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Mirko’s Airtech Fitness

Mirko Bodul sent in this review on his Airtech Fitness, a French made 2-meter slope or thermal plane.

I received my FITNESS early last March and have been flying it since the end of March. A very easy plane to build and fly with no bad habits; ailerons, elevator, and rudder are the control surfaces. Stalls are nothing more than the classic “mush;” no nasty spin on the wingtip or other nerve racking behavior. The plane accelerates well in dives, and “zooms” very well for height recovery as do most Airtech planes.

This fast, 2-meter, thin winged plane flies in very light lift or in howling 35 mph winds – with no ballast. I don’t bother with ballast. I get irritated if my unballasted plane does not fly in all conditions. This plane has never irritated me. For those of you who must absolutely load up with dead weight, the plans advise no more than 500 grams of ballast, that is to say, a little over a pound. The plane comes in at about 35 ounces overall weight. Airtech, the manufacturer of this fine kit, recommends using 1.5 degrees of down aileron (flaperon) in light lift to help while flying in thermals. The S7012 airfoil is exceptionally efficient in light lift.

Airtech Fitness at Platteville, WI

 


The kit comes with wings already sheeted with obechi; wingtips are formed and attached; the stabs are already formed and have tubes set in for the stab pins. All it needs is plywood over the root of the stab as well as the wing root. The wing rod tube is already placed in each half of the wing. The leading edge is already finely formed and mounted. The aileron servo wells are already routed out; I used the flat Hitec 125 servos for the ailerons. The wing is held to the fuselage with two nylon screws at the trailing edge, and with special countersunk screw heads near the leading edge. If you keep the wing in two parts, this plane will travel easily in a very small container. I chose to make a one piece wing.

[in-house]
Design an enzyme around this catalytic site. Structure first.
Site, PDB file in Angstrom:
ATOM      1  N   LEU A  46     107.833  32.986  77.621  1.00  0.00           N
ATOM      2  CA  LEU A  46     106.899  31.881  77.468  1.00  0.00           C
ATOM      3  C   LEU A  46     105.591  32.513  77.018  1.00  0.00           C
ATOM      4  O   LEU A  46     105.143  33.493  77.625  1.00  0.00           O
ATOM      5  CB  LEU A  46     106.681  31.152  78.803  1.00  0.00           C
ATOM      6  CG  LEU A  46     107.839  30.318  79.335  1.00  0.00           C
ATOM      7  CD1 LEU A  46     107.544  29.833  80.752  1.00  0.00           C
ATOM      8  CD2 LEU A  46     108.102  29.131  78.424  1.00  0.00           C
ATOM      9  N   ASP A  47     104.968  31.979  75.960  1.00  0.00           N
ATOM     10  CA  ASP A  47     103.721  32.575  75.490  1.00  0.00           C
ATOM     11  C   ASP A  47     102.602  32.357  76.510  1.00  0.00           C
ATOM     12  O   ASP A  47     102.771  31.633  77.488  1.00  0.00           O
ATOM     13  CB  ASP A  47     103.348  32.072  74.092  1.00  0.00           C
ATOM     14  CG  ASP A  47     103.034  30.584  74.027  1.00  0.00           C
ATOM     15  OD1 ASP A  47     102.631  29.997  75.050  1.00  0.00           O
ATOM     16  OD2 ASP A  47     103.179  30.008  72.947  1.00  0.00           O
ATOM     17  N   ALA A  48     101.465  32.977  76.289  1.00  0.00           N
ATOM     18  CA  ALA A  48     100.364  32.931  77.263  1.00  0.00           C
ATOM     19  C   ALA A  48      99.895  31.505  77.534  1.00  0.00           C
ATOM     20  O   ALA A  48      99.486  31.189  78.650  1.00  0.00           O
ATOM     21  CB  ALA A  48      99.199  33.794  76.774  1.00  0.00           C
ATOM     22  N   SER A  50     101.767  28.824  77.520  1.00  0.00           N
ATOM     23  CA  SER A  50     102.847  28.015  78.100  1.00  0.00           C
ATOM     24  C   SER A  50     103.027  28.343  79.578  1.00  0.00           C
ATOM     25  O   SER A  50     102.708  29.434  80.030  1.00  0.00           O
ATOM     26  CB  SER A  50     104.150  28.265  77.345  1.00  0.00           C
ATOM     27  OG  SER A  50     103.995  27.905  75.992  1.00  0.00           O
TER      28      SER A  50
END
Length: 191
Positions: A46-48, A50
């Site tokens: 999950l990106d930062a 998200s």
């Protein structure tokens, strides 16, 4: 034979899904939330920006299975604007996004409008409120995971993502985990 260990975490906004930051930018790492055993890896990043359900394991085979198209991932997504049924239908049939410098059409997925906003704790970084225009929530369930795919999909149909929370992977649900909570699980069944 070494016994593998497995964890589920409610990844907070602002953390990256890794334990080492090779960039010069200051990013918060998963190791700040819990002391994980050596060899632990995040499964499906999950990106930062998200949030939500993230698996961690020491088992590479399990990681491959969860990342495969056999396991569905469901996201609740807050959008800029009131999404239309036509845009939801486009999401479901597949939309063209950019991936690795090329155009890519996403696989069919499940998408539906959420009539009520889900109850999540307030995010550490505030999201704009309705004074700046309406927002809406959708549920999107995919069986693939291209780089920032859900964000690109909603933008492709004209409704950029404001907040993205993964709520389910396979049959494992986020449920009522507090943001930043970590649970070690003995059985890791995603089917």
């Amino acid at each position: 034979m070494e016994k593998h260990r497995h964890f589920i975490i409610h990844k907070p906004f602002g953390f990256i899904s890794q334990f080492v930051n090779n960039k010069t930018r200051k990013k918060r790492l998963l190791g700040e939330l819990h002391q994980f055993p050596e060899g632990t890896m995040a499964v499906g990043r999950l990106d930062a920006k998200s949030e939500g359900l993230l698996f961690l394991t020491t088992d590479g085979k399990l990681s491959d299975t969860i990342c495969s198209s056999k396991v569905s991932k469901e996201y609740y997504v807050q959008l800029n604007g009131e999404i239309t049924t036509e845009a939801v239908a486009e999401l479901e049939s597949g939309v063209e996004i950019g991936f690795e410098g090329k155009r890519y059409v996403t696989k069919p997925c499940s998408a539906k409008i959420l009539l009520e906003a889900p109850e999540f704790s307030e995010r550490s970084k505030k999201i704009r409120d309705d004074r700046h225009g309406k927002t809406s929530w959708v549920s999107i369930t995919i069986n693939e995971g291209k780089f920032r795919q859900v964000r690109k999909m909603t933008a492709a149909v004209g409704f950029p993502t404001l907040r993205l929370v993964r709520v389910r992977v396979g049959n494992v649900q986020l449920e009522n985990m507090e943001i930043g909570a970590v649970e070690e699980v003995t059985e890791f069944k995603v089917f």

The stab bellcrank is also already set into the fuselage, as well as the elevator and rudder pushrods. The rudder post is set into the fin, but you have to mount the hinges and rudder to this post. The plywood servo tray for the rudder and elevator are almost a perfect fit to the fuse. This kit could really make a guy lazy. The canopy is carbon and the fuselage has kevlar reinforcement strips from nose to tail. Rather than trying to stuff the receiver behind the battery, I placed it under the wing. An easy fit for a JR 610 or JR 700.

The ailerons are “live” hinged. Most Airtech kits with ailerons have this feature. A strip of glass cloth is already laid between the top sheet of the wing and the foam at the hinge junction. The whole aileron is thus hinged; wood sheeting covers the under gap of the wing at this hinge juncture. This must be very carefully routed out to get the aileron to move; and the upper sheet has to be lightly and carefully scored on the hinge line. These two steps are probably the hardest part of the whole short building procedure. The FITNESS is a very fast kit to build.

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